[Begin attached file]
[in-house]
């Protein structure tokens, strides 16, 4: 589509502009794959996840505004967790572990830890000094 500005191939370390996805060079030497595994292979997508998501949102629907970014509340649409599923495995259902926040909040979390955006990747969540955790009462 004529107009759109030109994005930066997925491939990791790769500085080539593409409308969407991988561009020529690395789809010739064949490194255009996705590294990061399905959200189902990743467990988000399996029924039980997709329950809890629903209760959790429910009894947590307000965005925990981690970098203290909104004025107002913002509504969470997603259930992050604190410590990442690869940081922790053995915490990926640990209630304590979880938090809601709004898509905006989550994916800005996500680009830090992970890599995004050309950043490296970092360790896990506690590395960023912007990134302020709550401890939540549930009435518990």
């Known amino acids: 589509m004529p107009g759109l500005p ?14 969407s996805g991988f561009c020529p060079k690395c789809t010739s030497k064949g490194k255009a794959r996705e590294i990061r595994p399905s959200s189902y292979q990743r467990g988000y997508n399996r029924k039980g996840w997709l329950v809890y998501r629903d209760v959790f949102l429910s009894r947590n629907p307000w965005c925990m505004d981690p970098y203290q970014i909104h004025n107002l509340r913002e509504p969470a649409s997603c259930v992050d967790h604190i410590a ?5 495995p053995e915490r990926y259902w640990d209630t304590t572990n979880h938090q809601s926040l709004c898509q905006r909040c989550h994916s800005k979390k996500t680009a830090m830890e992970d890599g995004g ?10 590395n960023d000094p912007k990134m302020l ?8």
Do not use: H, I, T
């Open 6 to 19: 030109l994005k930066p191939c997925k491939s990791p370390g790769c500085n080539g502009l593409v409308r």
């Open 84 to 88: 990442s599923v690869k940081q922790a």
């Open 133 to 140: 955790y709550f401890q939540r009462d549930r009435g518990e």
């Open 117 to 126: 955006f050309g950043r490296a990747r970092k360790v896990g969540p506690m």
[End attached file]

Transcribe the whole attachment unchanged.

[in-house]
């Protein structure tokens, strides 16, 4: 589509502009794959996840505004967790572990830890000094 500005191939370390996805060079030497595994292979997508998501949102629907970014509340649409599923495995259902926040909040979390955006990747969540955790009462 004529107009759109030109994005930066997925491939990791790769500085080539593409409308969407991988561009020529690395789809010739064949490194255009996705590294990061399905959200189902990743467990988000399996029924039980997709329950809890629903209760959790429910009894947590307000965005925990981690970098203290909104004025107002913002509504969470997603259930992050604190410590990442690869940081922790053995915490990926640990209630304590979880938090809601709004898509905006989550994916800005996500680009830090992970890599995004050309950043490296970092360790896990506690590395960023912007990134302020709550401890939540549930009435518990």
């Known amino acids: 589509m004529p107009g759109l500005p ?14 969407s996805g991988f561009c020529p060079k690395c789809t010739s030497k064949g490194k255009a794959r996705e590294i990061r595994p399905s959200s189902y292979q990743r467990g988000y997508n399996r029924k039980g996840w997709l329950v809890y998501r629903d209760v959790f949102l429910s009894r947590n629907p307000w965005c925990m505004d981690p970098y203290q970014i909104h004025n107002l509340r913002e509504p969470a649409s997603c259930v992050d967790h604190i410590a ?5 495995p053995e915490r990926y259902w640990d209630t304590t572990n979880h938090q809601s926040l709004c898509q905006r909040c989550h994916s800005k979390k996500t680009a830090m830890e992970d890599g995004g ?10 590395n960023d000094p912007k990134m302020l ?8």
Do not use: H, I, T
């Open 6 to 19: 030109l994005k930066p191939c997925k491939s990791p370390g790769c500085n080539g502009l593409v409308r």
């Open 84 to 88: 990442s599923v690869k940081q922790a």
């Open 133 to 140: 955790y709550f401890q939540r009462d549930r009435g518990e």
């Open 117 to 126: 955006f050309g950043r490296a990747r970092k360790v896990g969540p506690m």